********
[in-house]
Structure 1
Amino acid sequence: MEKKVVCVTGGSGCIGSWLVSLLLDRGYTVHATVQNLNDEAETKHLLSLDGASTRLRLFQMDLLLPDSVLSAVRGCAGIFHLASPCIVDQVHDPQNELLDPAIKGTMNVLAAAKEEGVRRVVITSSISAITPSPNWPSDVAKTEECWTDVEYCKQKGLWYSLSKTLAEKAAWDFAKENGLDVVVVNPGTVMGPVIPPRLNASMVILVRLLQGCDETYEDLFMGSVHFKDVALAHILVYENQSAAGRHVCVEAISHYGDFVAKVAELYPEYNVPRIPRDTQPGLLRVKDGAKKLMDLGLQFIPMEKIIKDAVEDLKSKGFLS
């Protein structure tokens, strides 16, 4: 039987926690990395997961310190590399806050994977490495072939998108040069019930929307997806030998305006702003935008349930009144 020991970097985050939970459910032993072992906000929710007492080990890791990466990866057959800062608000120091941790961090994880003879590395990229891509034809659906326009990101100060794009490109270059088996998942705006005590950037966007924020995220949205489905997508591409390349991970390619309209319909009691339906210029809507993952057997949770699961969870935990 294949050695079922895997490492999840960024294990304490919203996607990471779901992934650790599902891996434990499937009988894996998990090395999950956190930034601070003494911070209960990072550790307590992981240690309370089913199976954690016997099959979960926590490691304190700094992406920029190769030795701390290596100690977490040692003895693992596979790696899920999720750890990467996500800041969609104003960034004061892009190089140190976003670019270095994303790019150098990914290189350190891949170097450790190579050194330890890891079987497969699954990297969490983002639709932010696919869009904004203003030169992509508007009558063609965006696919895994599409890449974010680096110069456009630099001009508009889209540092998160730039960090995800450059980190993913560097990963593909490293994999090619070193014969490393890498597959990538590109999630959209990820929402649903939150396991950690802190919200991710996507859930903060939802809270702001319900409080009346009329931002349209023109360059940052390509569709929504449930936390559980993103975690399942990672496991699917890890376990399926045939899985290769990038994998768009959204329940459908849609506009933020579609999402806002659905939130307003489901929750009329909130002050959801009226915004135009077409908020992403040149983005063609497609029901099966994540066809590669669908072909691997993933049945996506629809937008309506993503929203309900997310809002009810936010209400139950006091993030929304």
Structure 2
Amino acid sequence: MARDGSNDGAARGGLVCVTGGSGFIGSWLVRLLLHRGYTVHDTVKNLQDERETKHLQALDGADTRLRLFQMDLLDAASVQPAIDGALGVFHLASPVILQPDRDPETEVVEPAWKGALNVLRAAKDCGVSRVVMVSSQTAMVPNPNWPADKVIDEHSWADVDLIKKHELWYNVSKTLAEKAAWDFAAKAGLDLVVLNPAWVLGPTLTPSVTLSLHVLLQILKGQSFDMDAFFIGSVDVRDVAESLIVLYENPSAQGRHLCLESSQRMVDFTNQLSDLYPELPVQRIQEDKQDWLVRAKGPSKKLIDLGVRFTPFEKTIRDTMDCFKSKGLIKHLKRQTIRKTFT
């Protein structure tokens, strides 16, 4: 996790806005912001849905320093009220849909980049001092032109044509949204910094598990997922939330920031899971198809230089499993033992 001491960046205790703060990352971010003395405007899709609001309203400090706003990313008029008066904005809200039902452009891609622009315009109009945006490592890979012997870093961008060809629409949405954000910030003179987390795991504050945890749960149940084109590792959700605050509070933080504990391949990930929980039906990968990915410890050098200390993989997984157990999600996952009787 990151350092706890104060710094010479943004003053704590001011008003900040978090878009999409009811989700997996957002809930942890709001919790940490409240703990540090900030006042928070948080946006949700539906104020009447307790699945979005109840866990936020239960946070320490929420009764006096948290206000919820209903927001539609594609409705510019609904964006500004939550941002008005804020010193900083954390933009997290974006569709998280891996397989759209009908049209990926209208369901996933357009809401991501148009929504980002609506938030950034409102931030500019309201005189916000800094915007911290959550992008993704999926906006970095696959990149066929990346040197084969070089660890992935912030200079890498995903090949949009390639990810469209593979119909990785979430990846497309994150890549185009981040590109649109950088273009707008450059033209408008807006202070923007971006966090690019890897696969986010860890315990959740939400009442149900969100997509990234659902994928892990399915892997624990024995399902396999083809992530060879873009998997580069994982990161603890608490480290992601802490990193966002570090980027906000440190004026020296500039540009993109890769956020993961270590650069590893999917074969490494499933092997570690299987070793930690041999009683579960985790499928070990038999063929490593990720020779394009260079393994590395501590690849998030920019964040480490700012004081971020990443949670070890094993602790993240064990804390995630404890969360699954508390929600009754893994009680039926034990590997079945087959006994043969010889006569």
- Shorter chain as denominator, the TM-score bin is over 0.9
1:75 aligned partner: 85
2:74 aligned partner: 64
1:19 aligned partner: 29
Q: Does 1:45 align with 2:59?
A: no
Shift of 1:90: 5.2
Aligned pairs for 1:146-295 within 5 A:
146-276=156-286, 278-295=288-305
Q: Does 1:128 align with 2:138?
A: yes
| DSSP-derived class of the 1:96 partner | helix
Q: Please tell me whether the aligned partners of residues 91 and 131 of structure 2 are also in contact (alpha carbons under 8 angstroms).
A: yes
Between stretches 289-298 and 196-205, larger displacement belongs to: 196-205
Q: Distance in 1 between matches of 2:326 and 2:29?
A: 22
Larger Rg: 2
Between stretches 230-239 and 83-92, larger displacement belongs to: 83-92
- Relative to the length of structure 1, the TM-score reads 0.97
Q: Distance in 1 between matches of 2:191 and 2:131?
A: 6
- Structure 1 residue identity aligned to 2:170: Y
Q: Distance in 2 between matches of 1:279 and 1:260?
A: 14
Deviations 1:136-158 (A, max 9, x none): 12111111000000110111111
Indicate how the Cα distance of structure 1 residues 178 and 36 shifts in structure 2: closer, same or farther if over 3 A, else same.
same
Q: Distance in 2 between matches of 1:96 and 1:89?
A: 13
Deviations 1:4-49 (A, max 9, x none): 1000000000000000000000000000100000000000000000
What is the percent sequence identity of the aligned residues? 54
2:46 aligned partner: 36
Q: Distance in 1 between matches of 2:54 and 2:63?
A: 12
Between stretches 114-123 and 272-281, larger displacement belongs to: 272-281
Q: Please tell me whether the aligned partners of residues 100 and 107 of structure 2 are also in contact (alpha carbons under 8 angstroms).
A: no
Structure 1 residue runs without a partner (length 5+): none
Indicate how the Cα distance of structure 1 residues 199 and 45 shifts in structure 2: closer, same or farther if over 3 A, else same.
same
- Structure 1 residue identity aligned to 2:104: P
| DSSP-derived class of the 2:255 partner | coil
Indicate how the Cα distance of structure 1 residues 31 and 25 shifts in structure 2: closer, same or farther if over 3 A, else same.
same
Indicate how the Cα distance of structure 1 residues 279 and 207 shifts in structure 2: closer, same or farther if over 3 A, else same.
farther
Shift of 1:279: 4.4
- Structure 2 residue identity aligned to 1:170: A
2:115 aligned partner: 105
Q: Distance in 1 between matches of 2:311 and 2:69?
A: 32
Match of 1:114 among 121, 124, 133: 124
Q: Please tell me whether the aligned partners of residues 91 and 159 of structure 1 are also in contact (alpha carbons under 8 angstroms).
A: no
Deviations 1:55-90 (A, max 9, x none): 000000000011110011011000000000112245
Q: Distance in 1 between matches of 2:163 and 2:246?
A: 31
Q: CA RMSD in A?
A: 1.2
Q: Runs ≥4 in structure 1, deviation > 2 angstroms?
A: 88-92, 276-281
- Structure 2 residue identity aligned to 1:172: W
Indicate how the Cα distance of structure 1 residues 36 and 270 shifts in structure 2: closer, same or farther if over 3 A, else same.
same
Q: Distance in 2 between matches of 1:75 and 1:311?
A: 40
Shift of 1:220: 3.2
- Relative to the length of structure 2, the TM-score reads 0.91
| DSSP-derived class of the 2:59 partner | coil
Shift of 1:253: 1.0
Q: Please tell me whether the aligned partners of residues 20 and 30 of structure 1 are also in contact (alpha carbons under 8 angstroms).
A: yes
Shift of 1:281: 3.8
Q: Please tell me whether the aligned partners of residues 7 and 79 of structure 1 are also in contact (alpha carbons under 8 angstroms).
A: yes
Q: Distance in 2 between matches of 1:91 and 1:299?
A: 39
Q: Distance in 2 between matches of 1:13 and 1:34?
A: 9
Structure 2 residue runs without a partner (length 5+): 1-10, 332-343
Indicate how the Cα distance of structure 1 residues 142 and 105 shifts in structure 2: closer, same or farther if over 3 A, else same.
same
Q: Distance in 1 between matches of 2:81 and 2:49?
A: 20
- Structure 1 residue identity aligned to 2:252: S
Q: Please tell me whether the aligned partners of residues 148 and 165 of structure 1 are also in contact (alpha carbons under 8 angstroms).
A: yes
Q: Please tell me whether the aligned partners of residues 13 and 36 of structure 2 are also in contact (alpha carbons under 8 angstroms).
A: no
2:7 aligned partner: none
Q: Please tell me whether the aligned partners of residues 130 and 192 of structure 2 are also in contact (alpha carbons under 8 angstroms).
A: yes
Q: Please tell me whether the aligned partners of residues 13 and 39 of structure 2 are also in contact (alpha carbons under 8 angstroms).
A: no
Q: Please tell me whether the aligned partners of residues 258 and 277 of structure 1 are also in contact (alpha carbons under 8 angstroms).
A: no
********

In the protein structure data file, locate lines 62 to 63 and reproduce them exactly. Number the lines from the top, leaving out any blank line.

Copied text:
A: no
Deviations 1:55-90 (A, max 9, x none): 000000000011110011011000000000112245